What is it with these British academics and their moral posturing? In the face of the current boycott threat of their Israeli colleagues, I’d like to draw some attention to a positive example being set in, of all places, Italy.
Yesterday the Italian journalist Magdi Allam visited the synagogue of Rome to kibbitz—about Israel. What makes this visit historic is that Allam is a Muslim who has just published a new book, “Viva Israele”. He as long been a staunch supporter of Israel’s right—and need—to exist as the Jewish state it is, a position he knows would land him “in front of a firing squad in any Muslim country.” He’s not much better off here in Italy, where he goes about with a private fleet of bodyguards. Italian universities have seen their fair share of anti-Israel bias in the past few years, making them no exception to what is sadly becoming the rule. But Allam persists tirelessly in his careful, studied Italian, preaching tolerance and respect while elucidating the dangers posed by the Islamic hate ideology that has found such a comfortable nest even in our most pluralistic of institutions. For him the root of conflict is not Israel’s existence as a Jewish state in the heartland of the Middle East, nor is it the occupation of what may also be called the disputed territories. For Allam, the real problem is the outright Arab-Muslim rejection of Israel. “The lesson to be learned,” Allam writes in Corriere della Sera, “is that recognition of Israel must be the starting point, not the goal to be reached. There is no negotiating the right to life.”
The British academic position is what Haaretz’s Bradley Burston rightly referred to as “moral masturbation”. It’s easy to hate Israel. Just check out this book that’s been creeping up on google every time I punch in the words “hate” and “Israel”. The author is one Priya Gandhi-Ganesh and the book’s ineloquent title is, “Why I Hate Israel”. No one, to my knowledge, has ever bothered to review this incendiary piece of garbage, but the blurb says it all: “the most refreshing aspect of this book is the explicitly stated position that the author hates Israel. Gandhi-Ganesh argues from Hinduism, Christianity, International Human Rights, and ethics why her hatred is justified and even encouraged.” Yes, you read correctly: hatred has become ethical. The author neatly enlarges the circle of traditional Jew-hatred to include the once-neglected Hindus. So I ask: who is left to invite to the party?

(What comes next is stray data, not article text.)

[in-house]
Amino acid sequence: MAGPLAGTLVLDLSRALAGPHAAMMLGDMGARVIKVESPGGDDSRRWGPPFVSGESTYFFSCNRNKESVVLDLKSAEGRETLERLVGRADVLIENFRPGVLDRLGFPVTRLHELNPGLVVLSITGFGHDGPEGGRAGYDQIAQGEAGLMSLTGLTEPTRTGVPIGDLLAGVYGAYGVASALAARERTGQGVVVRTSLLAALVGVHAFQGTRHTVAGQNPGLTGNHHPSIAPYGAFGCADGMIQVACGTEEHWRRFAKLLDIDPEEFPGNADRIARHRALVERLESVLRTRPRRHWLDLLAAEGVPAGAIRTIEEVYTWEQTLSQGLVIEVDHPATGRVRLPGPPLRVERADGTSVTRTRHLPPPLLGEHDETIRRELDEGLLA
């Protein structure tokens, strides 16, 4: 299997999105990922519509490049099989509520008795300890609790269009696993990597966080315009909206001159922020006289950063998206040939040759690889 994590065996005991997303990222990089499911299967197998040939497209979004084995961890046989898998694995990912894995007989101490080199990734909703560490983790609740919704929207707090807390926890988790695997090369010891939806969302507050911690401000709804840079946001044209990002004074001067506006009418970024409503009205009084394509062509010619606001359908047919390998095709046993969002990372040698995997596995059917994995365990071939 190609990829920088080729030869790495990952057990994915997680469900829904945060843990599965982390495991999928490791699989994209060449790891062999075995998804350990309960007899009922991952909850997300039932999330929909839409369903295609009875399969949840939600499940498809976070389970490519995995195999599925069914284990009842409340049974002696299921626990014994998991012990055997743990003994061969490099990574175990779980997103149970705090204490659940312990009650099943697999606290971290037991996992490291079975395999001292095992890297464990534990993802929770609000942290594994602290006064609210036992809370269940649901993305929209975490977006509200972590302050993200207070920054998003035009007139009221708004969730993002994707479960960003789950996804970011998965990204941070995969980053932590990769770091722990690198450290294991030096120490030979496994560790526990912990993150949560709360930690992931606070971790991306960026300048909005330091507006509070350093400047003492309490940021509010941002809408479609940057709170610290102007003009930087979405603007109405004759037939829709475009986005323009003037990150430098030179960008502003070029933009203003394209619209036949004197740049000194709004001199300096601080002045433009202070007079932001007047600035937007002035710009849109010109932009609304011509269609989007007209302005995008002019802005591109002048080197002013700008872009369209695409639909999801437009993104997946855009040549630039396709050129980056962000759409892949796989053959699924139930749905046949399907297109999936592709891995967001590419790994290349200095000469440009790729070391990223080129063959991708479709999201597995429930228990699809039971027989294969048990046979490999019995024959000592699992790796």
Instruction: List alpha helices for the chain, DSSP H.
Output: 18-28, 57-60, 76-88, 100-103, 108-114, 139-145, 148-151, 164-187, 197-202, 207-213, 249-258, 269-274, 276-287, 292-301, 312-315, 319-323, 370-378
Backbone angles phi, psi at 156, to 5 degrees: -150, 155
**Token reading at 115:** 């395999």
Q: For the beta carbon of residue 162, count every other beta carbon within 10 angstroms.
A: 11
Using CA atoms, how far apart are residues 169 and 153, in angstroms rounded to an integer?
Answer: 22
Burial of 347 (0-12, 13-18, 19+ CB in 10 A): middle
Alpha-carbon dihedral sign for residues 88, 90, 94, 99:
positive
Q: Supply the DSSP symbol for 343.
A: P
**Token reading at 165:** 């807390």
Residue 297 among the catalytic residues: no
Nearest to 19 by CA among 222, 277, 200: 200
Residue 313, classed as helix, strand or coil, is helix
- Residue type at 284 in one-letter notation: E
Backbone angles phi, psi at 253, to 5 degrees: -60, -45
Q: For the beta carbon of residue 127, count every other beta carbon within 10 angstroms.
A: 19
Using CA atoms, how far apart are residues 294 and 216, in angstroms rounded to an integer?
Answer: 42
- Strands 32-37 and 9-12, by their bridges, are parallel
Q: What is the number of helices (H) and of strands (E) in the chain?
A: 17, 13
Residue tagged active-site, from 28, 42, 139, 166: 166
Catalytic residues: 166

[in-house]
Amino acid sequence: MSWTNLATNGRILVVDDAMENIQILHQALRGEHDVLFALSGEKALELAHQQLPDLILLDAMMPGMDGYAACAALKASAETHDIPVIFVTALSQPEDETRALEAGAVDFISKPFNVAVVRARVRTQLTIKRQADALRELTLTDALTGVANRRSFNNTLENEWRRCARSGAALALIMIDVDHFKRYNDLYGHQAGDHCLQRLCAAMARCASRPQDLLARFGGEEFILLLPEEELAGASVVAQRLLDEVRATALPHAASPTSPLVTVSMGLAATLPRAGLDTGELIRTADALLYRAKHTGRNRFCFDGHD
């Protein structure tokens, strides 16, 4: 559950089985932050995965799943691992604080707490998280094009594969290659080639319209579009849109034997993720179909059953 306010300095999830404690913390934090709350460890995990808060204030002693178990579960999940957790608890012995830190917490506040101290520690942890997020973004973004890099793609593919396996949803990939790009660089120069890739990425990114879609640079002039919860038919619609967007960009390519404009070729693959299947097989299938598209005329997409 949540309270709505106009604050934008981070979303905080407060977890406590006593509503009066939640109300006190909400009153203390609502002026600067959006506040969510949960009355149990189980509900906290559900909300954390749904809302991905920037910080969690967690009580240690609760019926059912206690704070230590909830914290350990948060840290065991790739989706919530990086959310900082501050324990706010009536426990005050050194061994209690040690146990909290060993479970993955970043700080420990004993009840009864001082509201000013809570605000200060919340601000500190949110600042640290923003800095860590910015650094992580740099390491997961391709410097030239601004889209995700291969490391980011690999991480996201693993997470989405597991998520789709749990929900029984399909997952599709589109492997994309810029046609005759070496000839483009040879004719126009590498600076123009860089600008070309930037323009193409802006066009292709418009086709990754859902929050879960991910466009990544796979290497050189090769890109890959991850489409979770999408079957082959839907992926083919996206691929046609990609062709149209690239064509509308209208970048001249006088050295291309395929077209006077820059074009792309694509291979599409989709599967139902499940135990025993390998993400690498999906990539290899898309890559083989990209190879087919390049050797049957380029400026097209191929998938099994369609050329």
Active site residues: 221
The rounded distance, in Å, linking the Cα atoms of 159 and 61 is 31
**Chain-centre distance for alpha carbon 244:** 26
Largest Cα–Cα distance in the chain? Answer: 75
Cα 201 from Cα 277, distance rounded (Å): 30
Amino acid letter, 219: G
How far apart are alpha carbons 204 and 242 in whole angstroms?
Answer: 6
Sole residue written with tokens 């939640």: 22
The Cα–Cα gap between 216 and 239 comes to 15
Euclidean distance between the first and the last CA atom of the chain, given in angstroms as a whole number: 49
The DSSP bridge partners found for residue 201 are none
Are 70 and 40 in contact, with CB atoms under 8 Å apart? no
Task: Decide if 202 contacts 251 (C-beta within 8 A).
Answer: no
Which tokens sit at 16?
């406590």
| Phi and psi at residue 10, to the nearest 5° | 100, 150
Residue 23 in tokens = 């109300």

While one side argues over who hates Israel more in the name of human rights, elsewhere there is some real bridge-building going on. While Great Britain is busy forfeiting its place as a useful interlocutor, Italy just might steal its seat at the negotiations table.
Marc Alan Coen – also in THE NEWYORKERS column of this blog.